I feel like I have to start over again. In Simone DeBeauvoir’s “The Second Sex” she writes that “[a] man would never get the notion of writing a book on the peculiar situation of the human male. But if I wish to define myself, I must first of all say, ”I am a woman”; on this truth must be based all further discussion.”
Let’s begin with this as well. I am a woman who was born in Kandahar, Afghanistan and emigrated to this country when I was 18 months old. Our intention was always to return. But, as you can tell, that didn’t happen. If you forget these salient points while reading this blog, my tweets, facebook, instagram, whatever – then that’s your fault not mine. I am letting you know that my ideas, thoughts, opinions are all colored by this. I am a brown woman raised by a devout Muslim woman and a surgeon father. I’ve moved over a dozen times. I am a criminal defense lawyer in private practice. I have twin boys via IVF. This should give you more information than you need in order to discern where I’m coming from.
When I started this blog 14 years ago (maybe it’s actually been longer, I don’t recall right now) I had four readers. I was anonymous, or so I thought. When I go back and read those old posts it is clear to me that I gave everything away. I talked about the courthouse where I worked in detail, the cafeteria, the judges and the lawyers. There was nothing really anonymous at all except I didn’t use my name. At some point, when I realized that everyone knew who I was anyway, I started using my real name. And really, what did it matter? Almost no one read the blog, there was a small group of young lawyers talking about t.v. shows and clothes and the latest antics of those around them. It was a good way to blow off steam. After all, we were lawyers, we were criminal defense lawyers. No one really cared about what we had to say about anything.
No one listened anyway.
At some point more people started reading and I got caught up in a wave we fondly called ‘the blawgosphere.’ That’s dead and I am glad. It was a misogynistic place, but one where I wanted to belong. Because as a brown woman it meant that I was ‘someone.’ I mean, I was a criminal defense lawyer and a damned good one. I knew as much, if not more, than all the dudes who were blathering on in these blawgs. So I wrote about the law, I wrote about injustice and at some point I got a ticket to join the club.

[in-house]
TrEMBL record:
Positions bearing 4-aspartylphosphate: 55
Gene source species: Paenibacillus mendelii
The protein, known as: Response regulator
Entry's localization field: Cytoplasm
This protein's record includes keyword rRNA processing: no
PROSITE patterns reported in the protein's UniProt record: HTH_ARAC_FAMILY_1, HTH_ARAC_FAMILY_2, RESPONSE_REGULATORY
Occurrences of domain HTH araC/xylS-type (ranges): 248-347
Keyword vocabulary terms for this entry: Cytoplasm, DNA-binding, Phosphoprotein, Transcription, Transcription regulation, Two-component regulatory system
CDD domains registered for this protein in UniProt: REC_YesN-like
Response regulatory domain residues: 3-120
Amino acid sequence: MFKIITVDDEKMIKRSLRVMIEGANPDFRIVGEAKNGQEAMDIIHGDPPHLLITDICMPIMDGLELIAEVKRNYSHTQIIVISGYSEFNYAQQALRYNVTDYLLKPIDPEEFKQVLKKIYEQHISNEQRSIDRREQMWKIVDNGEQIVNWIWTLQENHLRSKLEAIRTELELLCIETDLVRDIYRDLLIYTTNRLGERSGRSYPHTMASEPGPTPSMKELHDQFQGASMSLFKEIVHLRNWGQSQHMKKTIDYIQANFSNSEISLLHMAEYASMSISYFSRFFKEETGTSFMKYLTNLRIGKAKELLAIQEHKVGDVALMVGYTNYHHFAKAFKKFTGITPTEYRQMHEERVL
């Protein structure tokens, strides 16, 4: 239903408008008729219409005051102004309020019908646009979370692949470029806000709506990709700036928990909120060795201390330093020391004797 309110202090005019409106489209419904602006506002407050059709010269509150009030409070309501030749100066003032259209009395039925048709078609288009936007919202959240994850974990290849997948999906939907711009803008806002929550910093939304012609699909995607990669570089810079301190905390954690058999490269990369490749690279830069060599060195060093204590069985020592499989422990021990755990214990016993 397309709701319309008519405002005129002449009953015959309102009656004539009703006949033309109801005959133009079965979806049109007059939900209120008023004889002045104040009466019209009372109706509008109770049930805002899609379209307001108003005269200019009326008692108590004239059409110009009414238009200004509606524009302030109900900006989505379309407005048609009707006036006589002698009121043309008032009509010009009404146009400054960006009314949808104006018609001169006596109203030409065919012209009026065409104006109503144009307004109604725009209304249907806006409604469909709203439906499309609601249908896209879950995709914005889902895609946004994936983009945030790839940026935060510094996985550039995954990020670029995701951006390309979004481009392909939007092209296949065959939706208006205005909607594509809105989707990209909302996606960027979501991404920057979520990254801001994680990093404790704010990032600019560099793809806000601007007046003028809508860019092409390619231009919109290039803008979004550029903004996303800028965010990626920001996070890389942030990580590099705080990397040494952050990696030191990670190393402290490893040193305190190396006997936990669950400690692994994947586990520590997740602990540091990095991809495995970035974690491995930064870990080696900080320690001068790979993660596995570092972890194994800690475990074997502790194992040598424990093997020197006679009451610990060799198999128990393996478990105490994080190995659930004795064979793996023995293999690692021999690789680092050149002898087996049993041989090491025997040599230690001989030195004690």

It was just like any other club. You are all excited about going, you get dressed up, you have all the attendant nerves and anxiety “Will they like me? Will I fit in? What if I’m trying too hard?” And then you show up and it sucks. The people suck. The atmosphere sucks. The drinks are watery and back then you could still smoke in certain areas of clubs so – it smelled bad too. I would get messages from the in-crowd of the blawgosphere telling me what to write, why my writing was wrong, why I was wrong. Or, the most mature of all “I wrote about that first.”
Ah, good times. No, not really.
I have always had words in me. And the words I had usually revolved around pretty complex issues that don’t lend themselves to short, neat blog posts. Things like justice and inequality are not meant for 800 words. My fierce opposition to the death penalty (after being proponent for quite some time) cannot be summed up in one article (maybe two.) My feelings about race and class in our justice system would take weeks and weeks. And addressing the misogyny and sexism in our profession would need a whole chapter. The #metoo movement has lead me to reexamine everything I ever thought about myself as a woman in a field dominated by men; the paths I took to get to the point I’m at now and what I could have done differently to protect my sisters at law.
There were confrontations with those who lead the blawgs, some public – but with others just a silent withdrawing of affection and respect. I had to realize that criminal defense lawyers don’t always believe in justice or equality. We don’t all disavow the death penalty or mass incarceration. We don’t all believe that women should be heard.
If you go through my old blog posts you will see a sort of fuzzy thinking. I’ve always been the touchy feely sort. I’m not a lawsplainer all that often and prefer to focus on the aspects of law that touch on us as human beings. I want you to know that this shit is real. It happens to real people and it is hard and it hurts and it changes people. I want you to know that all of us are born and then made and that each of us has a thing inside of us that makes us who we are – that none of us is the sum of our worst days and that there is almost always a part of each person that is good. I want you to know that this could happen to you. The cops could show up at your door. It could be you next, or your brother or your daughter. I want to make it real for you. Maybe because I am a mom, maybe because I am a woman. Maybe because of everything I am and because I think it matters because if you understand it, if you feel it viscerally inside of you, maybe you will help us change it.
Then people will listen to us.
Thank you, for this, the blog and your work. Have you thought about writing a memoir, if only for your kids?
“I am human, so are these people.” Convincing “regular” folks of that is the hardest, and likely most important, step in changing this mad system.